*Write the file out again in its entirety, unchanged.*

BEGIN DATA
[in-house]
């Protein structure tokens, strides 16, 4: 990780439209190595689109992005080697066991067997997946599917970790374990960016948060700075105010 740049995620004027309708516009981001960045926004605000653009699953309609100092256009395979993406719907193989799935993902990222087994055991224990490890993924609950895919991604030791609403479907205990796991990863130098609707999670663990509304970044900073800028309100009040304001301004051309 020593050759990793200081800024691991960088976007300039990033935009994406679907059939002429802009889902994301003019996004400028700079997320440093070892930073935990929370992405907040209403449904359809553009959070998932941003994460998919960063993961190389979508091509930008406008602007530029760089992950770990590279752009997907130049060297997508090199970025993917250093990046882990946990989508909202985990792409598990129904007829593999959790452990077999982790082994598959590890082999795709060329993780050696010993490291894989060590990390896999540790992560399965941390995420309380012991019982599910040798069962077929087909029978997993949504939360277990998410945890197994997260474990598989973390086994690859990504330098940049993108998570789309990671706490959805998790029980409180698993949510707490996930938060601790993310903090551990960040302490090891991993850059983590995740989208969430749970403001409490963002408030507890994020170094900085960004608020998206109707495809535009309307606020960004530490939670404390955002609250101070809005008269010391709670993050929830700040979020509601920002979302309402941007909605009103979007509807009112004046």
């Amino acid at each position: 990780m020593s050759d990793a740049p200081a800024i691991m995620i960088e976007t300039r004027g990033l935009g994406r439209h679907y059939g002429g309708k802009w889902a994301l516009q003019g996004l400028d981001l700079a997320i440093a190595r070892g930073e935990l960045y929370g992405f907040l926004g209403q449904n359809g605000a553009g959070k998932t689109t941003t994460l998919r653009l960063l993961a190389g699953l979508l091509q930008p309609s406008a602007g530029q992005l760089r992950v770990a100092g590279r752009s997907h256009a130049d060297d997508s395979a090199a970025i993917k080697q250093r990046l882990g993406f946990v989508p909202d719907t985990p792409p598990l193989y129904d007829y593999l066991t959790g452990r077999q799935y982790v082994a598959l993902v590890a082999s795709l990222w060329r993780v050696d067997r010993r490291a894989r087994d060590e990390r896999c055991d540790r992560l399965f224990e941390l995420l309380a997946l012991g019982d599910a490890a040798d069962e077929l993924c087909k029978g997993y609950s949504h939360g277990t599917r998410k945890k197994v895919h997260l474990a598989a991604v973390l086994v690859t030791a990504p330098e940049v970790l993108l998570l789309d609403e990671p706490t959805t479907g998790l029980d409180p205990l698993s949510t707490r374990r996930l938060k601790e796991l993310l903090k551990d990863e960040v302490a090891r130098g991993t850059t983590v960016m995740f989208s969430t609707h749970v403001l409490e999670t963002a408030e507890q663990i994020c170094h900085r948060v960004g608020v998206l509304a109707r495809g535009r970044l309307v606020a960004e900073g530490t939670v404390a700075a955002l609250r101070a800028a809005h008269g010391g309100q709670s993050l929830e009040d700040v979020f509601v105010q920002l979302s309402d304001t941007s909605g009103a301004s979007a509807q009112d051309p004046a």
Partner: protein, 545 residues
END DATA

[in-house]
């Protein structure tokens, strides 16, 4: 990780439209190595689109992005080697066991067997997946599917970790374990960016948060700075105010 740049995620004027309708516009981001960045926004605000653009699953309609100092256009395979993406719907193989799935993902990222087994055991224990490890993924609950895919991604030791609403479907205990796991990863130098609707999670663990509304970044900073800028309100009040304001301004051309 020593050759990793200081800024691991960088976007300039990033935009994406679907059939002429802009889902994301003019996004400028700079997320440093070892930073935990929370992405907040209403449904359809553009959070998932941003994460998919960063993961190389979508091509930008406008602007530029760089992950770990590279752009997907130049060297997508090199970025993917250093990046882990946990989508909202985990792409598990129904007829593999959790452990077999982790082994598959590890082999795709060329993780050696010993490291894989060590990390896999540790992560399965941390995420309380012991019982599910040798069962077929087909029978997993949504939360277990998410945890197994997260474990598989973390086994690859990504330098940049993108998570789309990671706490959805998790029980409180698993949510707490996930938060601790993310903090551990960040302490090891991993850059983590995740989208969430749970403001409490963002408030507890994020170094900085960004608020998206109707495809535009309307606020960004530490939670404390955002609250101070809005008269010391709670993050929830700040979020509601920002979302309402941007909605009103979007509807009112004046």
């Amino acid at each position: 990780m020593s050759d990793a740049p200081a800024i691991m995620i960088e976007t300039r004027g990033l935009g994406r439209h679907y059939g002429g309708k802009w889902a994301l516009q003019g996004l400028d981001l700079a997320i440093a190595r070892g930073e935990l960045y929370g992405f907040l926004g209403q449904n359809g605000a553009g959070k998932t689109t941003t994460l998919r653009l960063l993961a190389g699953l979508l091509q930008p309609s406008a602007g530029q992005l760089r992950v770990a100092g590279r752009s997907h256009a130049d060297d997508s395979a090199a970025i993917k080697q250093r990046l882990g993406f946990v989508p909202d719907t985990p792409p598990l193989y129904d007829y593999l066991t959790g452990r077999q799935y982790v082994a598959l993902v590890a082999s795709l990222w060329r993780v050696d067997r010993r490291a894989r087994d060590e990390r896999c055991d540790r992560l399965f224990e941390l995420l309380a997946l012991g019982d599910a490890a040798d069962e077929l993924c087909k029978g997993y609950s949504h939360g277990t599917r998410k945890k197994v895919h997260l474990a598989a991604v973390l086994v690859t030791a990504p330098e940049v970790l993108l998570l789309d609403e990671p706490t959805t479907g998790l029980d409180p205990l698993s949510t707490r374990r996930l938060k601790e796991l993310l903090k551990d990863e960040v302490a090891r130098g991993t850059t983590v960016m995740f989208s969430t609707h749970v403001l409490e999670t963002a408030e507890q663990i994020c170094h900085r948060v960004g608020v998206l509304a109707r495809g535009r970044l309307v606020a960004e900073g530490t939670v404390a700075a955002l609250r101070a800028a809005h008269g010391g309100q709670s993050l929830e009040d700040v979020f509601v105010q920002l979302s309402d304001t941007s909605g009103a301004s979007a509807q009112d051309p004046a």
Partner: protein, 545 residues